A GCEI Primer: Everything You Need to Know About Maryland’s Geographic Cost of Education Index

by Genevieve Demos Kelley

Much has been made of Governor Hogan’s refusal to release $68 million of the IMG_6467cropGeographic Cost of Education (GCEI) funds. Prince George’s County alone stands to lose more than $20 million in anticipated funding for Fiscal Year 2016. What excatly are GCEI funds, and what does Hogan’s move mean for Maryland schools?

What is the Geographic Cost of Education Index?

The Geographic Cost of Education Index is a supplemental funding program designed to appropriate extra funds to school districts in Maryland with a high cost of educating students. Of Maryland’s 24 local school districts, thirteen have been designated — to varying degrees — as “high cost” school districts and receive GCEI funds. Those thirteen districts serve approximately 80% of Maryland’s public school students. (Read more here.)

Each school district receiving GCEI funds is assigned a predetermined adjustment factor which is multiplied by the per pupil foundation (base) funding amount for that school district, resulting in increased state aid. Prince George’s County’s adjustment is the highest in the state at 0.048 (followed by Baltimore City and Montgomery County), translating into a 4.8% increase in state funding over the foundation amount. (Find the GCEI adjustment, as of 2008, for all school districts in Maryland here.1)

So, is GCEI just a cost-of-living adjustment for school districts with higher home prices and incomes?

No. It’s much more complicated than that. The GCEI’s personnel cost index, which accounts for the bulk of the GCEI adjustment,2 is formulated to reflect the wages needed to attract teachers and other personnel for each district. The cost of attracting personnel is estimated to be higher in school districts that, through factors beyond their control, are deemed to be less desirable. Cost-of-living is a large component here, but the personnel cost index also factors in quality of life and working conditions outside the control of the school district. In theory, for example, a school district with a high cost-of-living and poor working conditions would need to offer higher wages than a school district with a comparable cost-of-living and better working conditions. In other words, tougher school districts need to offer better salaries.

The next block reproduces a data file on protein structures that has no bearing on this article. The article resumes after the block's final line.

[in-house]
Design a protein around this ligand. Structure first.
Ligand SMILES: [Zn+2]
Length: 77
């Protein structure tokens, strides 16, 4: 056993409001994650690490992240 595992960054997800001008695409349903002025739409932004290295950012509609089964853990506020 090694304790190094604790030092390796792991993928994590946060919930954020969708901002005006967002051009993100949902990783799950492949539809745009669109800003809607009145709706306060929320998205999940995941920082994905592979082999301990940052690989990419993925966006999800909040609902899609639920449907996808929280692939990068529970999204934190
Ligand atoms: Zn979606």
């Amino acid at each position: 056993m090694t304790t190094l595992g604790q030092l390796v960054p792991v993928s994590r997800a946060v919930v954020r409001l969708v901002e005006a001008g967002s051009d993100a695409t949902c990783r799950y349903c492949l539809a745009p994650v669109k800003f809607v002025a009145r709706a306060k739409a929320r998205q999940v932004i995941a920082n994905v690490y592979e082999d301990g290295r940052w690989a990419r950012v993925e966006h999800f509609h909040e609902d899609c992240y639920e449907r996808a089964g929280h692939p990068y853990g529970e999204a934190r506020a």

How can a formula possibly quantify working conditions and quality of life? After statistical analyses testing several possible variables, consultants settled on just a few variables. The percentage of students qualifying for free and reduced meals stands in for working conditions, and quality of life is measured by rate of violent crime and percentage of commuters who travel more than an hour to get to work. In the GCEI formulation, home prices are used to calculate the cost-of-living component.

Read the full 2003 report, Adjusting for Geographic Differences in the Cost of Educational Provision, here.

When was the Geographic Cost of Education Index legislated, and how long has Maryland used GCEI as part of its funding formula?

The Geographic Cost of Education Index is one provision of the 2002 Bridge to Excellence in Public Schools Act of the Maryland General Assembly. Informed by recommendations made by the “Thornton” Commission (officially the Commission on Education, Finance, Equity and Excellence), the Bridge to Excellence Act reformulated funding for schools, increased state aid to local school districts, and established certain accountability measures. (Read more about the funding formula here and here.)